How can parents write during summer vacation?

School vacation starts tomorrow. 

Not summer vacation, as my literal-minded four-year old reminds me. It's not "summer" until late June. (and by the way, if we go back to school in the fall, school shouldn't start until the end of September.)

It's a mixed day for me, productivity- and creativity-wise. I'm thrilled to have my son home for the summer. That's why I've picked a flexible job with few deadlines. But I also want to tackle some big writing projects this summer, and writing and kids don't mix. 

When earlier this week it dawned on me that I have to learn to write with him in the house, I brainstormed six ideas to help me get the writing done. I hope they can be of use to other write-from-home parents or any parents struggling to carve creative time out of summer break. 

Breakfast Bars

My most productive hours are in the morning. Unfortunately, my son is also an early riser, who hears me sitting down to my desk as an invitation to come play. 

So this summer I'm going to close my office doors, which will feature a new sign that announces my one hour of writing time. I hope we'll both get a lot out of this. I'll get writing time as well as an important hour to myself. He'll get the responsibilities of dressing himself and making breakfast, which means he's also likely to get a lot of Trader Joe's cereal bars, which I'm hoping will sweeten the arrangement.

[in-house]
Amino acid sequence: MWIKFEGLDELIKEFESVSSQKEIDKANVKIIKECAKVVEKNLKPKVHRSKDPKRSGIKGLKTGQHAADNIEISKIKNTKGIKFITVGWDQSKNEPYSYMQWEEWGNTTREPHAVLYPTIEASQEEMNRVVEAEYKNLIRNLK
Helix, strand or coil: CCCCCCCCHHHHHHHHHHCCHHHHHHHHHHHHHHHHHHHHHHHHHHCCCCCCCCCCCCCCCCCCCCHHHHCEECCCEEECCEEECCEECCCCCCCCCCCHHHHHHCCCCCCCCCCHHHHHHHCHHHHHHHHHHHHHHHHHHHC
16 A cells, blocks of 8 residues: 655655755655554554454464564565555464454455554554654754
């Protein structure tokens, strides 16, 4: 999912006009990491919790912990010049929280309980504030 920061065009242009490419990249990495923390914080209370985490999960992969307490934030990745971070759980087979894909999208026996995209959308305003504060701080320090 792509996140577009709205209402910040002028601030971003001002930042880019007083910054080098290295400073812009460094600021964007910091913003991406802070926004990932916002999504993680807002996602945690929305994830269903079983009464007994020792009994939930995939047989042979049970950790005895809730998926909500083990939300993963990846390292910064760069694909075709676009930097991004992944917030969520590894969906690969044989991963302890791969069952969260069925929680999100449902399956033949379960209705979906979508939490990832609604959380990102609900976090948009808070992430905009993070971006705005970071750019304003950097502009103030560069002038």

Picking out clothes and breakfast bars will give my son something to do while I'm working, but my whole plan hinges on preventing unlockable glass doors from opening. That's why I need stickers.  

In their excellent #amwriting podcast, Jessica Lahey and KJ Dell'Antonia often talk about their simple productivity trick: a sticker for meeting a daily word count. Each member of their writing triad texts each other the word "sticker" to keep each other on track.

I've used the same reward to keep myself on track, and have enlisted my son as an accountability partner. When I pick him up from preschool, his first question is often "What color is your sticker?" It's sweet that he assumes I will meet my goals.

My summer word counts are more modest than my school year counts, but I'm shooting for 500 words each morning, after which my son will get to choose which sticker goes on my calendar. [Now accepting your recommendations for the world's best stickers.] 

Thinking Time

When my son was younger, I could usually, generally, kind-of depend on naps to snatch a little creative time. As a parent of a now non-napper, I find it easier to get afternoon writing time, because that non-napper is also old enough to be told that, once 1:00 rolls around, it's thinking time. That's our re-branded quiet time, which was rebranded from nap time, because my son claims that he doesn't need to sleep and sometimes needs to think loudly. But the basic goal still stands: we take an hour in the afternoon to read, write, or snooze.

Pretend Writing

Our living room already transforms into a pop-up pretend coffee shop when I have to write for a deadline.